These policies have been developed over years of teaching this and other courses, and are designed to ensure fair treatment of everyone by eliminating discrepancies in testing and evaluation, and by eliminating differences in the amount of field and study time available to students. I am very willing to discuss my reasoning for these policies, but if you try to talk me into making an exception to them for you, you will fail, and probably make me grumpy to boot.
Point Structure for Grading
COURSE POINT TOTAL 300 POINTS
Test 1: 50 points, March 3
Final: 100 points, May 5 (50 points for post-midterm material, 50 points for from material from the WHOLE COURSE)
Ebird Set-up Document: click here
Field Notebook: 30 points
Independent Field Observation Locations: Map of Hillside Environmental Education Project
Field Trips 50 points (Field trips are required: you lose 10 points for every missed trip, 20 if you miss the all day trip. Note that field trips are VERY subject to change, depending on birds, weather, circumstances, and whim. Don't assume you know what you are going to miss.)
All-Day field trip: April 5
All students should be aware of the guidelines on academic integrity contained in the Student Conduct Code. The Conduct Code is available at http://www.dosa.uconn.edu/student_conduct.html.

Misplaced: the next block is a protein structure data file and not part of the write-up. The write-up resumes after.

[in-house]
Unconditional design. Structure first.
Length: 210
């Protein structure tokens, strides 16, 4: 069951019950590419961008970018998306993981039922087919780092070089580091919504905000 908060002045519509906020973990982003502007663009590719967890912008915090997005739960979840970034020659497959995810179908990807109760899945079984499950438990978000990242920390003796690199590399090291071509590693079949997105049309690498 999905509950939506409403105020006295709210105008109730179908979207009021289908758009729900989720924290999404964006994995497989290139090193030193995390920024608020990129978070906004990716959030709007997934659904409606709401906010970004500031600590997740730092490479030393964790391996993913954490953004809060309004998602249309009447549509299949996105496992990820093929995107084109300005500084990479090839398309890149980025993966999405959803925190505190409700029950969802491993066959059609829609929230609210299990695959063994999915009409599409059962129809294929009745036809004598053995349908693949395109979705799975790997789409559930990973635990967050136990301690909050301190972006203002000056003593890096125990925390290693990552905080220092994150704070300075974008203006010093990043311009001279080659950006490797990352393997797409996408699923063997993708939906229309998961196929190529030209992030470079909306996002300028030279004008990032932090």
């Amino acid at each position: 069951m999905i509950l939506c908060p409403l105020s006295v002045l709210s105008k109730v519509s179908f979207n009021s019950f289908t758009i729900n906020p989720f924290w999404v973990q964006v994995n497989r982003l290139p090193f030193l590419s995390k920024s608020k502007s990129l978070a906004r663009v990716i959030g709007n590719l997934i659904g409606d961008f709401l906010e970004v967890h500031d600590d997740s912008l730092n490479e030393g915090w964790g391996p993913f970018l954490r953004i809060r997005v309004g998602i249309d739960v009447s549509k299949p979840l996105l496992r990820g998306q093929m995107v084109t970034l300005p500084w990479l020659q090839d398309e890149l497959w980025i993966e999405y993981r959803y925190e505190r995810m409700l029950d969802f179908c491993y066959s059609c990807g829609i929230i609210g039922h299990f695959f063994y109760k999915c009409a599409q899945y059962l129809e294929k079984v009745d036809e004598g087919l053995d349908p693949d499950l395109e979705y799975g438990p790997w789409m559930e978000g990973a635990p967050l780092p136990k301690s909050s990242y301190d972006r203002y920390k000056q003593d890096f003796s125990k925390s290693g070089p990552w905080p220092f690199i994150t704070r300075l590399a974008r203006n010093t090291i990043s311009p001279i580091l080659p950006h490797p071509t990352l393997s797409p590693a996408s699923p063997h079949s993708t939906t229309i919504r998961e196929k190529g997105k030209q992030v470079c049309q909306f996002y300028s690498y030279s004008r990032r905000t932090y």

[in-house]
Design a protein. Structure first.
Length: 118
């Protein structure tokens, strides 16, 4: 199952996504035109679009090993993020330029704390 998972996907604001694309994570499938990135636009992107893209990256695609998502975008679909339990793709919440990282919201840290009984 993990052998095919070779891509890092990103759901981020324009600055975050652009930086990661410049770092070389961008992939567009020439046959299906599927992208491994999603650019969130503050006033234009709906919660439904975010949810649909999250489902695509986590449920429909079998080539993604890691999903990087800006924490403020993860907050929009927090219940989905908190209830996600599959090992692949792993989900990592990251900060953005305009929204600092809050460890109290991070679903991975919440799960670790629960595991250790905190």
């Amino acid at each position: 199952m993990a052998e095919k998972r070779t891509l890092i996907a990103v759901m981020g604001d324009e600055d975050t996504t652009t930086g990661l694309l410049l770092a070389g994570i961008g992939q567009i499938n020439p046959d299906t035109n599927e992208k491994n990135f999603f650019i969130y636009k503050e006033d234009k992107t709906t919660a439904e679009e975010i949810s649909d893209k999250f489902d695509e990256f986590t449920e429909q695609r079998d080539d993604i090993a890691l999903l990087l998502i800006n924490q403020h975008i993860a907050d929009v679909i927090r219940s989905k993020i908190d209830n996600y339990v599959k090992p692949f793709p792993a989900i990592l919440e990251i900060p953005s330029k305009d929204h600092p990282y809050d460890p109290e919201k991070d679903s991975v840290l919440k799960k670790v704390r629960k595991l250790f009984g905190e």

If you have questions, by all means collar me or email me and ask. I will post both the questions (questioners will be anonymous) and answers here.
Useful and Amusing Links
Feather Identification Resource Online! The Feather Atlas of North American Birds provided high-resolution scans of flight feathers of the major groups of birds; useful for comparison with found feathers whose origin you aren't sure of.
Jobs in Ornithology, the job board for the Ornithological Societies of North America. THE central clearing house for field research internships and jobs.
David Sibley's Blog, wherein the field guide guy riffs mostly on the finer and philosophical points of bird identification, and reports his experiments in window treatments to prevent bird strikes.
NPR piece and song by Sufjan Stevens about the Ivory-billed Woodpecker "rediscovery", and the effect on Brinkley, AK. See also this recent NY Times article on the effect in Brinkley as hope has faded that the bird is actually there. (Thanks to Kevin Burgio for the link.)
North Coast (Oregon) Diaries Comments on photo documentation versus detailed notes. See also the March 2 post on Ugly Gulls (browse Main calendar).
ECOLOG-L listserve postings Job postings, other miscellaneous information and discussions about field ecology.